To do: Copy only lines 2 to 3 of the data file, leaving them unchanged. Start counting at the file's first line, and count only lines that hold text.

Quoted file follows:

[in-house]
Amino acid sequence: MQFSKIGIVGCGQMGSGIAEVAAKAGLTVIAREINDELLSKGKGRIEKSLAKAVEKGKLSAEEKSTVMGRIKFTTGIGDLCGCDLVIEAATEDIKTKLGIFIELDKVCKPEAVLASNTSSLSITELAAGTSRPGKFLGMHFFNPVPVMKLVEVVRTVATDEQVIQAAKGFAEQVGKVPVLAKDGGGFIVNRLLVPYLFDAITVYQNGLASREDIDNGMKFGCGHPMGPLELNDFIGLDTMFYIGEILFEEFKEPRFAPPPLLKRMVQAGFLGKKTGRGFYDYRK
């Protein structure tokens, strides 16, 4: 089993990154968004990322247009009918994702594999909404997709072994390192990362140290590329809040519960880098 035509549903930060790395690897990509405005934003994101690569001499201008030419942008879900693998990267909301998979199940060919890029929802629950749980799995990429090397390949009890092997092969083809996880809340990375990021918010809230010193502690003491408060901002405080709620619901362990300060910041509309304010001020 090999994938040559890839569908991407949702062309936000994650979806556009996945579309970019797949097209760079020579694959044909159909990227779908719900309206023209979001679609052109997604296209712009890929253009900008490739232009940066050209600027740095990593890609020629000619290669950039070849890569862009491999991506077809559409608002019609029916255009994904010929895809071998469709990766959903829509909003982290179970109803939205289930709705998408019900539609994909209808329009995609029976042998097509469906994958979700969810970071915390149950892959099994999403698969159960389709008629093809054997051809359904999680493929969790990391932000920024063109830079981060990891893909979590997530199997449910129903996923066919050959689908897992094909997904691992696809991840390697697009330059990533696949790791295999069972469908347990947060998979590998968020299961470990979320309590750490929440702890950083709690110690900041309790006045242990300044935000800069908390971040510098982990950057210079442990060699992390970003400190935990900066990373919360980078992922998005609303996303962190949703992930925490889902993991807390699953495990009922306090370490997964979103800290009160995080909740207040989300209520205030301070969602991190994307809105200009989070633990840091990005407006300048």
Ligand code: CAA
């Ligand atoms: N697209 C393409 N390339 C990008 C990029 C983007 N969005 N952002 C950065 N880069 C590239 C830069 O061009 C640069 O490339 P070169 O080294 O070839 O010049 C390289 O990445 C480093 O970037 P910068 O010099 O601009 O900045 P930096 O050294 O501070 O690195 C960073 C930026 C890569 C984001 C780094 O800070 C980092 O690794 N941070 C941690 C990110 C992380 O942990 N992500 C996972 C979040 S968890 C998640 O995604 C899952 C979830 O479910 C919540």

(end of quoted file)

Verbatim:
Amino acid sequence: MQFSKIGIVGCGQMGSGIAEVAAKAGLTVIAREINDELLSKGKGRIEKSLAKAVEKGKLSAEEKSTVMGRIKFTTGIGDLCGCDLVIEAATEDIKTKLGIFIELDKVCKPEAVLASNTSSLSITELAAGTSRPGKFLGMHFFNPVPVMKLVEVVRTVATDEQVIQAAKGFAEQVGKVPVLAKDGGGFIVNRLLVPYLFDAITVYQNGLASREDIDNGMKFGCGHPMGPLELNDFIGLDTMFYIGEILFEEFKEPRFAPPPLLKRMVQAGFLGKKTGRGFYDYRK
């Protein structure tokens, strides 16, 4: 089993990154968004990322247009009918994702594999909404997709072994390192990362140290590329809040519960880098 035509549903930060790395690897990509405005934003994101690569001499201008030419942008879900693998990267909301998979199940060919890029929802629950749980799995990429090397390949009890092997092969083809996880809340990375990021918010809230010193502690003491408060901002405080709620619901362990300060910041509309304010001020 090999994938040559890839569908991407949702062309936000994650979806556009996945579309970019797949097209760079020579694959044909159909990227779908719900309206023209979001679609052109997604296209712009890929253009900008490739232009940066050209600027740095990593890609020629000619290669950039070849890569862009491999991506077809559409608002019609029916255009994904010929895809071998469709990766959903829509909003982290179970109803939205289930709705998408019900539609994909209808329009995609029976042998097509469906994958979700969810970071915390149950892959099994999403698969159960389709008629093809054997051809359904999680493929969790990391932000920024063109830079981060990891893909979590997530199997449910129903996923066919050959689908897992094909997904691992696809991840390697697009330059990533696949790791295999069972469908347990947060998979590998968020299961470990979320309590750490929440702890950083709690110690900041309790006045242990300044935000800069908390971040510098982990950057210079442990060699992390970003400190935990900066990373919360980078992922998005609303996303962190949703992930925490889902993991807390699953495990009922306090370490997964979103800290009160995080909740207040989300209520205030301070969602991190994307809105200009989070633990840091990005407006300048």